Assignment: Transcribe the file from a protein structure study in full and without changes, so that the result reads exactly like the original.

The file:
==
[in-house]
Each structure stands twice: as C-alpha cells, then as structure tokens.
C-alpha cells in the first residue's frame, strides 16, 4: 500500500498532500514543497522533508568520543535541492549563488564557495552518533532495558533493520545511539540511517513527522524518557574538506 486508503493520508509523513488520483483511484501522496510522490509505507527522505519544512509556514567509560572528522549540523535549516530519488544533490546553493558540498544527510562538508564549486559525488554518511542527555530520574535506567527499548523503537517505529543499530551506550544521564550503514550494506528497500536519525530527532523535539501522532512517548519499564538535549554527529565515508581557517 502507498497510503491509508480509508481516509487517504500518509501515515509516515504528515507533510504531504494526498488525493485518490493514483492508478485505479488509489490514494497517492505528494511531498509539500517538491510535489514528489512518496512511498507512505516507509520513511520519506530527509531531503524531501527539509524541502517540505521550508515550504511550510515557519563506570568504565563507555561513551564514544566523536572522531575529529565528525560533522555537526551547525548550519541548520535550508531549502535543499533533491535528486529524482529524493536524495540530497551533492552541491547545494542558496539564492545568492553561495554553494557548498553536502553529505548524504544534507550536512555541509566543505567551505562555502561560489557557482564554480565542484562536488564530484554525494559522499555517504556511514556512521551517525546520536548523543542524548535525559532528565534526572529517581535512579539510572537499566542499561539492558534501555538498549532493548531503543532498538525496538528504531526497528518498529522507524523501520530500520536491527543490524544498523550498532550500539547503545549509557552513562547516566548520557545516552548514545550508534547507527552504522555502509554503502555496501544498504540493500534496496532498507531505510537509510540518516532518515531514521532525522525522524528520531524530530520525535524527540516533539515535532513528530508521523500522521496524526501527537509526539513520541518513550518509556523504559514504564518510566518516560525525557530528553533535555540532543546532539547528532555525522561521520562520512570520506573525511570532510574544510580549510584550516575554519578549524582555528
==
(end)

[in-house]
Each structure stands twice: as C-alpha cells, then as structure tokens.
C-alpha cells in the first residue's frame, strides 16, 4: 500500500498532500514543497522533508568520543535541492549563488564557495552518533532495558533493520545511539540511517513527522524518557574538506 486508503493520508509523513488520483483511484501522496510522490509505507527522505519544512509556514567509560572528522549540523535549516530519488544533490546553493558540498544527510562538508564549486559525488554518511542527555530520574535506567527499548523503537517505529543499530551506550544521564550503514550494506528497500536519525530527532523535539501522532512517548519499564538535549554527529565515508581557517 502507498497510503491509508480509508481516509487517504500518509501515515509516515504528515507533510504531504494526498488525493485518490493514483492508478485505479488509489490514494497517492505528494511531498509539500517538491510535489514528489512518496512511498507512505516507509520513511520519506530527509531531503524531501527539509524541502517540505521550508515550504511550510515557519563506570568504565563507555561513551564514544566523536572522531575529529565528525560533522555537526551547525548550519541548520535550508531549502535543499533533491535528486529524482529524493536524495540530497551533492552541491547545494542558496539564492545568492553561495554553494557548498553536502553529505548524504544534507550536512555541509566543505567551505562555502561560489557557482564554480565542484562536488564530484554525494559522499555517504556511514556512521551517525546520536548523543542524548535525559532528565534526572529517581535512579539510572537499566542499561539492558534501555538498549532493548531503543532498538525496538528504531526497528518498529522507524523501520530500520536491527543490524544498523550498532550500539547503545549509557552513562547516566548520557545516552548514545550508534547507527552504522555502509554503502555496501544498504540493500534496496532498507531505510537509510540518516532518515531514521532525522525522524528520531524530530520525535524527540516533539515535532513528530508521523500522521496524526501527537509526539513520541518513550518509556523504559514504564518510566518516560525525557530528553533535555540532543546532539547528532555525522561521520562520512570520506573525511570532510574544510580549510584550516575554519578549524582555528